Kemper System Is Developing Product Declarations to Meet LEED Requirements

To satisfy new LEED certification requirements for green building construction, Kemper System America Inc. is developing both Environmental Product Declarations (EPDs) and Health Product Declarations (HPDs) for liquid-applied roofing and waterproofing products.

The latest version of the Leadership in Energy and Environmental Design (LEED) rating system, LEED v4, includes two new transparency elements for Building Product Disclosure and Optimization which can contribute up to four points towards a certification:

  • “Environmental Product Declarations” credits require the use of materials that meet EPD or similar disclosure criteria.
  • “Health Product Declarations” accrue “Material Ingredients Credits” for products that use designated methods to disclose composition to at least 0.1 percent.

To help customers obtain these new LEED certification points, Kemper System is planning to develop EPDs for products beginning in 2017 and issue upon completion; and to issue HPDs for all relevant products by the end of 2017.

Since the LEED rating system was developed by the U.S. Green Building Council in 1994, it has become a standard in green building certification, and it has adapted to meet the demands of building owners and regulators for transparency and sustainability.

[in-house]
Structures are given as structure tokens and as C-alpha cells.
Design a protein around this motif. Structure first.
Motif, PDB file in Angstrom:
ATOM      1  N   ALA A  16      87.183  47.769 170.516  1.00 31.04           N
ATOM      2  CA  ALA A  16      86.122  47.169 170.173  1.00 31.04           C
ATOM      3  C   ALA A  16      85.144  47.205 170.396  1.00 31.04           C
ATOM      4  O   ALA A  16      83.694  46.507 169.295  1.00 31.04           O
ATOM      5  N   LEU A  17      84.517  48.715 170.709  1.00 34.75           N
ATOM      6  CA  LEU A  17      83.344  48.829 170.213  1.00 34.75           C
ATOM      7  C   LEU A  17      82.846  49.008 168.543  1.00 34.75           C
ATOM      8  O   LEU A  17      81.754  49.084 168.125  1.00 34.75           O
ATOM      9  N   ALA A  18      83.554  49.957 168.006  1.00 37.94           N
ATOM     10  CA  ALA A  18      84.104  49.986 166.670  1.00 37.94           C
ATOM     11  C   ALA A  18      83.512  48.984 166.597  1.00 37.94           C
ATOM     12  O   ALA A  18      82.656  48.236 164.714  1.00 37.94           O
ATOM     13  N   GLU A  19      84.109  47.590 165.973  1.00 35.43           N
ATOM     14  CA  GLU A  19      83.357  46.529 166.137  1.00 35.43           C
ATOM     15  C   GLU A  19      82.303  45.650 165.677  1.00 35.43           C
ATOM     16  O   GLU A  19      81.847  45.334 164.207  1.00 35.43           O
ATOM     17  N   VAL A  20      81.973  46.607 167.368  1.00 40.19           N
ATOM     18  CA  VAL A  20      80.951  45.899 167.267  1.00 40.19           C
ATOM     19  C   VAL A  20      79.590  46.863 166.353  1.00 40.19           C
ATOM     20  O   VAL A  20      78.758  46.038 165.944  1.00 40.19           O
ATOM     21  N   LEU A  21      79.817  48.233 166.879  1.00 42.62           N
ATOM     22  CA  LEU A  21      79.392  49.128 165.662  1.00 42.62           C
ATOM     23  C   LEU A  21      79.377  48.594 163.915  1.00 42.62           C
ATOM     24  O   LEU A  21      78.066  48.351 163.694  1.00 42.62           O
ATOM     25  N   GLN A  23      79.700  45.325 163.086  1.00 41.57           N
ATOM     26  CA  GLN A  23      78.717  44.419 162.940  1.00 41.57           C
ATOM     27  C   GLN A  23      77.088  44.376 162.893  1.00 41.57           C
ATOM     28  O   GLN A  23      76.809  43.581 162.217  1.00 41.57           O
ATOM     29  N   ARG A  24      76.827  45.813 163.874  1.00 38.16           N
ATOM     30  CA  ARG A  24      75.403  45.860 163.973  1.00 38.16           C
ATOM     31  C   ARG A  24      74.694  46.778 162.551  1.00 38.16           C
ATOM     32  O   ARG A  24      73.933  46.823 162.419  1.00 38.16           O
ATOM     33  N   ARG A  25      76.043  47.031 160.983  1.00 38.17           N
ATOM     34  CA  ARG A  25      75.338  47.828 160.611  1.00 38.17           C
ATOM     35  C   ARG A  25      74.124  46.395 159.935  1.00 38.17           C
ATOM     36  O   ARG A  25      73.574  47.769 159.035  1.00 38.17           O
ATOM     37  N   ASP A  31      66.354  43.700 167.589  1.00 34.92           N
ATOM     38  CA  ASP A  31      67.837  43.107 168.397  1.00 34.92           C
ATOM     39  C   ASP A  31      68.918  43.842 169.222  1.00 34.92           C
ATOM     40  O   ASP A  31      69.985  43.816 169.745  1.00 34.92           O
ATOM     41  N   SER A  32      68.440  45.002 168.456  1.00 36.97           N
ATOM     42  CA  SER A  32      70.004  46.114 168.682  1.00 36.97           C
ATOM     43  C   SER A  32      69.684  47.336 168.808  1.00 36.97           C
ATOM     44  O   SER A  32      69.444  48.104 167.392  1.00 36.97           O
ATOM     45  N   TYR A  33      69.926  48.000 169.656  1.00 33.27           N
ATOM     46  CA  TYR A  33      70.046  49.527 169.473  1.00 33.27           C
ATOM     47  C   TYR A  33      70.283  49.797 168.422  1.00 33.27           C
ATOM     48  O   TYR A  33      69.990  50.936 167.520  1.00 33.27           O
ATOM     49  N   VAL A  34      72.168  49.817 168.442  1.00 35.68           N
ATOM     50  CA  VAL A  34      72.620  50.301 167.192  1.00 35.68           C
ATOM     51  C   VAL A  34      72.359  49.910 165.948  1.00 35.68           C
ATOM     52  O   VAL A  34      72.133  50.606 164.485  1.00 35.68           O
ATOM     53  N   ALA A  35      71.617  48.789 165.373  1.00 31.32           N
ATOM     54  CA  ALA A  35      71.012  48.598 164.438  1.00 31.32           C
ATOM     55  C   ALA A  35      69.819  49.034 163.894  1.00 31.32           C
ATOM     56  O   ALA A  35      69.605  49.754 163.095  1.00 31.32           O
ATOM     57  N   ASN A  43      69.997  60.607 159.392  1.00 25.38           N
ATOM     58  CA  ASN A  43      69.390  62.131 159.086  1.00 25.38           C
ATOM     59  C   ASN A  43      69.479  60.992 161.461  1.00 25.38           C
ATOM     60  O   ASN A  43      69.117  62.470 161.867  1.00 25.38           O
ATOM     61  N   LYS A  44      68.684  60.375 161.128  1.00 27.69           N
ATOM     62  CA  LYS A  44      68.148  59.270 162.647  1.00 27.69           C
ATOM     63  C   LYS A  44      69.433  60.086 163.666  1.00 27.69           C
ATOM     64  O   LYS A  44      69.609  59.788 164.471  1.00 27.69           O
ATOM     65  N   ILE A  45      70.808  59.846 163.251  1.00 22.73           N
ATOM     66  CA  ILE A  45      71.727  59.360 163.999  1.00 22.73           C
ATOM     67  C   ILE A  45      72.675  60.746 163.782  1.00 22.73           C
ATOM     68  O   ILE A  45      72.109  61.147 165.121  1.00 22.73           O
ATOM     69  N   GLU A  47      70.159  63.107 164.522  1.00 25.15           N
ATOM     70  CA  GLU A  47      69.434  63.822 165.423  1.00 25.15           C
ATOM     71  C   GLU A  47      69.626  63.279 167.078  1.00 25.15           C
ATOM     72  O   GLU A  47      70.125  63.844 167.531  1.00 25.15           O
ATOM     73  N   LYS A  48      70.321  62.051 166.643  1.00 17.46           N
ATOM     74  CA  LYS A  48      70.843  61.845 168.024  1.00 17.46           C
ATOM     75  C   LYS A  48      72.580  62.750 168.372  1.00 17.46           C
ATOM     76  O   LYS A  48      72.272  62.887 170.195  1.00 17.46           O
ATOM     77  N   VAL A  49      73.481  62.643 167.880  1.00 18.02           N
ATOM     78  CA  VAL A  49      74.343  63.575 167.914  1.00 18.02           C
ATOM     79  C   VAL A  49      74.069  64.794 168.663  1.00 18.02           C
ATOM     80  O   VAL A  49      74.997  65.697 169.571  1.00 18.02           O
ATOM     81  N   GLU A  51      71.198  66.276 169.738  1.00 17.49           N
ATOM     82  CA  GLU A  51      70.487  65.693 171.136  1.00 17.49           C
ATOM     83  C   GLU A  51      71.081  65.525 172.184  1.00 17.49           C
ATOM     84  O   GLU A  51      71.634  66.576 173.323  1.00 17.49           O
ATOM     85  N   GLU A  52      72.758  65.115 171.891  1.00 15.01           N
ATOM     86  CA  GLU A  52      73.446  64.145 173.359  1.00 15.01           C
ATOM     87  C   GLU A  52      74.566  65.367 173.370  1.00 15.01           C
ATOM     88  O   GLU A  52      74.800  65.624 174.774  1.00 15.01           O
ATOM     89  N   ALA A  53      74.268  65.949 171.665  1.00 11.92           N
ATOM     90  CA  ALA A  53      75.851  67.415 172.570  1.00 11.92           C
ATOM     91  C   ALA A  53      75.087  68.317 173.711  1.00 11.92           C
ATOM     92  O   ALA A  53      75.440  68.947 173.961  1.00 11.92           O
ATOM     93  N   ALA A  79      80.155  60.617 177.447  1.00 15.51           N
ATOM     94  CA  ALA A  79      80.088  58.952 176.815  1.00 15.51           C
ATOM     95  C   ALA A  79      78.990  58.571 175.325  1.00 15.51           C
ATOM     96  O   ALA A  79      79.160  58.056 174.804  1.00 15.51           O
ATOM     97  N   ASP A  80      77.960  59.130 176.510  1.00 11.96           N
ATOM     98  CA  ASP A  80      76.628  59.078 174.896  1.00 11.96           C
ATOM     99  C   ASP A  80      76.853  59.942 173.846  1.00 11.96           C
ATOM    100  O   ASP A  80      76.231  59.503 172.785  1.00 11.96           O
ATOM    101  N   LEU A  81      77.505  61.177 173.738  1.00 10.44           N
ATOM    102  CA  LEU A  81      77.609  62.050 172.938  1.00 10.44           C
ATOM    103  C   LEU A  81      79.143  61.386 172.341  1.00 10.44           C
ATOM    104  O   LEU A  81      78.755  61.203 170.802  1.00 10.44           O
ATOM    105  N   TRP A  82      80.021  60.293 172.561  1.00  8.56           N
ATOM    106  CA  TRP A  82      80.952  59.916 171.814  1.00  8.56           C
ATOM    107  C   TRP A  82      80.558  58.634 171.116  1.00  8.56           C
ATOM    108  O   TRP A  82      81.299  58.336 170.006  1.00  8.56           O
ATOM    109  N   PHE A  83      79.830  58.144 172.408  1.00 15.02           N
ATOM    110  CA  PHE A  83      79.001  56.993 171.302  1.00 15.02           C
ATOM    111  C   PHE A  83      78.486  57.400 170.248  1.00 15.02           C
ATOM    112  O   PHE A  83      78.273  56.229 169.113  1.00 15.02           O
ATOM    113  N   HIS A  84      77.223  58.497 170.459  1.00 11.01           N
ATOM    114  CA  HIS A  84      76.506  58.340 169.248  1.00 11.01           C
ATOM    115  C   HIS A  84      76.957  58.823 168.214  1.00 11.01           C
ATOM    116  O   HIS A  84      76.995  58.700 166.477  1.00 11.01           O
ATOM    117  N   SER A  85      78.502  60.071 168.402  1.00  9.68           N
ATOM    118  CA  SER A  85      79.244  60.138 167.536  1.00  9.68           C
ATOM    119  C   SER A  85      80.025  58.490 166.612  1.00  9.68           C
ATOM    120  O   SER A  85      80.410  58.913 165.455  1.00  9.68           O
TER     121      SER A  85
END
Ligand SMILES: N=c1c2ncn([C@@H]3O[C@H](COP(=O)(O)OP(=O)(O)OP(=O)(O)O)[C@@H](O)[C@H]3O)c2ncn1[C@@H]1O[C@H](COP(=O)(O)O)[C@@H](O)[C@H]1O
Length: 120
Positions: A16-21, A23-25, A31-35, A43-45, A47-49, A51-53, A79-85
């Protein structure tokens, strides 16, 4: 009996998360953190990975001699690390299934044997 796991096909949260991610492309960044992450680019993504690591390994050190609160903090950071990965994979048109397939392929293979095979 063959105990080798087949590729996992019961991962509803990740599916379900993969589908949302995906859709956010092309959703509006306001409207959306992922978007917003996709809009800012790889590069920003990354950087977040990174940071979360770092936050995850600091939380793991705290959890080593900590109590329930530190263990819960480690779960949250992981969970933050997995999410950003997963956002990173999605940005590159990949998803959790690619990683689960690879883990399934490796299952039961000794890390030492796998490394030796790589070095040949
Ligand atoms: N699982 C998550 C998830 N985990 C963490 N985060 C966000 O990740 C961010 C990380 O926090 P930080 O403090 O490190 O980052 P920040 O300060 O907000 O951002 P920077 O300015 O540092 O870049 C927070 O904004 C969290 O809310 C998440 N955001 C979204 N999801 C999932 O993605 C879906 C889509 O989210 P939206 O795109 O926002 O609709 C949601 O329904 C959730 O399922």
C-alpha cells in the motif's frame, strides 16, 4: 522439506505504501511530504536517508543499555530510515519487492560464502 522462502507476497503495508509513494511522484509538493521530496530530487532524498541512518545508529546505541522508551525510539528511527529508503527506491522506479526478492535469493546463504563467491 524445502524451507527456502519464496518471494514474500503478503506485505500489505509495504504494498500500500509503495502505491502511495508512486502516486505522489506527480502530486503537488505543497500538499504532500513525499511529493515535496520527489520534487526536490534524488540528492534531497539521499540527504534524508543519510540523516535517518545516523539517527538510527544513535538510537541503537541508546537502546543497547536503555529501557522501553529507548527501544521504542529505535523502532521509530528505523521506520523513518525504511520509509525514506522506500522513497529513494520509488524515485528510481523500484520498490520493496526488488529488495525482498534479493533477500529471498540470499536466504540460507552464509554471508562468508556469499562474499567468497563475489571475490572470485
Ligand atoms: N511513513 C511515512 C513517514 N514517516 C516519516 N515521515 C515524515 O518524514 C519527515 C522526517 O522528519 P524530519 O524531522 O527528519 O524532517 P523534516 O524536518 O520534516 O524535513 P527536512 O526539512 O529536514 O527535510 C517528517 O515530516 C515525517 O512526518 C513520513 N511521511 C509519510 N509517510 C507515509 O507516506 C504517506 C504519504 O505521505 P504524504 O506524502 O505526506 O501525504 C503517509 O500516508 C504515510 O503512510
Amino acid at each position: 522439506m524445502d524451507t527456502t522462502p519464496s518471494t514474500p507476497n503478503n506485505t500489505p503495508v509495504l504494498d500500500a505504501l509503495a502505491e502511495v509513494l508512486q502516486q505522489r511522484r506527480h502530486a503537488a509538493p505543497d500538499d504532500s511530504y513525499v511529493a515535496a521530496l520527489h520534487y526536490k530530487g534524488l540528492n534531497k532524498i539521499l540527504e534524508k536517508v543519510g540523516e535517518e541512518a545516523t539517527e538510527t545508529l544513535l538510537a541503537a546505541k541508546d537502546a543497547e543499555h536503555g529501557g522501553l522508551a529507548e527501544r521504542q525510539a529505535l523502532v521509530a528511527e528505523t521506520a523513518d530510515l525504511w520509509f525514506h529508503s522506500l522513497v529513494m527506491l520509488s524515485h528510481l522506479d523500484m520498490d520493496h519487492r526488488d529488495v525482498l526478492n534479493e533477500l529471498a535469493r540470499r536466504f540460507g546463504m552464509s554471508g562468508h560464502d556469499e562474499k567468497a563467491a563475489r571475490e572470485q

Metl-Span Participates in Health Product Declaration Collaborative

Metl-Span is participating in the voluntary Health Product Declaration Collaborative to provide accurate information to design professionals about the content of products.

The goal of the HPD Collaborative is to standardize the method in which building product manufacturers report contents, emissions, chemical hazards and the health effects of their products. According to the HPD Collaborative, the program “objectively defines the critical information needed to support accurate supply chain disclosure by manufacturers and suppliers, and informed decisions by building designers, specifiers, owners and users.”

“There is a global move toward complete transparency and openness from the product supply chain,” says Doug Pickens, vice president of marketing at Metl-Span. “Design professionals, architects, specifiers, builders as well as end users need and want to know what chemical exposure is associated with material choices. It’s a necessary step toward providing the best and healthiest building products.”

Completed HPDs provide manufacturer and product information, details of product testing and compliance and products ingredients, such as hazardous chemicals. HPDs can easily be updated as products evolve and improve, providing the most up to date information to consumers.